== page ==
Other Disulfides for Use in Route 2 Synthesis

In yet other embodiments, a disulfide having the general formula, H2N—R—S—S—R′—NH2, wherein R and R′ are the same or different and are hydrocarbyl such as, for example, alkyl, substituted alkyl, phenyl, and substituted phenyl, can be used to react with an isocyanate for Route 2 synthesis of a novel biscarbodiimide.

Preparation of Cross-linked Hyaluronan Derivatives of the Invention Containing at Least One Intramolecular Disulfide Bond

According to an embodiment of the invention, a cross-linked hyaluronan derivative containing at least one intramolecular disulfide bond can be produced by a reaction between the precursor of the cross-linked hyaluronan derivative and a biscarbodiimide having an intramolecular disulfide bond. A “precursor of a cross-linked hyaluronan derivative,” as the expression and grammatical variations thereof are used herein, in one embodiment, means a polysaccharide that can be cross-linked with a biscarbodiimide having an intramolecular disulfide bond. An example of a precursor of a cross-linked hyaluronan derivative is hyaluronic acid. Another example of a precursor of the cross-linked hyaluronan derivative is a salt of hyaluronic acid. A “cross-linked hyaluronan derivative,” and “derivatized hyaluronic acid,” as the terms are used herein, mean hyaluronic acid or a salt thereof that has been derivatized with a biscarbodiimide having an intramolecular disulfide bond, the derivatized hyaluronic acid including an N-acylurea. A biscarbodiimide is a cross-linking agent. A “cross-linking agent,” as that phrase is used herein, is a molecule containing two or more functional groups that can react with different chains of a polymer, such as, for example, hyaluronic acid or a salt thereof. Preferably, the hyaluronic acid derivative having an intramolecular disulfide bond is prepared by reacting hyaluronic acid, or a salt thereof, with a biscarbodiimide having an intramolecular disulfide bond, in the absence of a nucleophile or a polyanionic polysaccharide other than hyaluronic acid. A “nucleophile,” as that term is used herein, is any molecule possessing an electron rich functional group (such as a primary amine). A “polyanionic polysaccharide,” as that term is used herein, is a polysaccharide containing more than one negatively charged group, e.g., a carboxyl group.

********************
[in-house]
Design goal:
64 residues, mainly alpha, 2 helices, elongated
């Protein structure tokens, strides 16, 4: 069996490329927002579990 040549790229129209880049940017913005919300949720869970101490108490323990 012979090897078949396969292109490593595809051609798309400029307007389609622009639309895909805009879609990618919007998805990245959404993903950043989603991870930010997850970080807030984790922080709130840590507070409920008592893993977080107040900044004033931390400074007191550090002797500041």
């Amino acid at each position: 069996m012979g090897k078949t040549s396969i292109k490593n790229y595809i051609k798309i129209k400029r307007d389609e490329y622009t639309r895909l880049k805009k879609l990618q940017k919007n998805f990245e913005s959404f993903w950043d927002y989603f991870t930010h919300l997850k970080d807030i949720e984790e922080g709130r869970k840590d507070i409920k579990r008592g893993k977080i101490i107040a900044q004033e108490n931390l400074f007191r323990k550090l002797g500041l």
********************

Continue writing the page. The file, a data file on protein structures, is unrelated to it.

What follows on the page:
The hyaluronic acid derivative having an intramolecular disulfide bond includes an N-acylurea. The reaction of hyaluronic acid or a salt thereof with a biscarbodiimide having an intramolecular disulfide bond, in the presence of an available proton, is believed to comprise protonation in the first step. The acid anion then attaches to the carbon atom of the cation formed, resulting in the formation of an O-acylisourea intermediate. The acyl group in the intermediate migrates from the oxygen atom to a nitrogen atom to produce the N-acylurea derivative of the hyaluronic acid or salt. Generally the O-to-N migration is incomplete, resulting in a product reaction mixture of both the N-acylurea and the O-acylisourea. The mixed products may be used separately or together to prepare the compositions according to embodiments of the invention.

In one embodiment, the cross-linked hyaluronan derivative is biocompatible. A “biocompatible” substance, as that term is used herein, is one that has no medically unacceptable toxic or injurious effects on biological function. In another embodiment, the cross-linked hyaluronan derivative is both biocompatible and biodegradable. A “biodegradable” substance, as that term is used herein, is one that is capable of being decomposed by natural biological processes.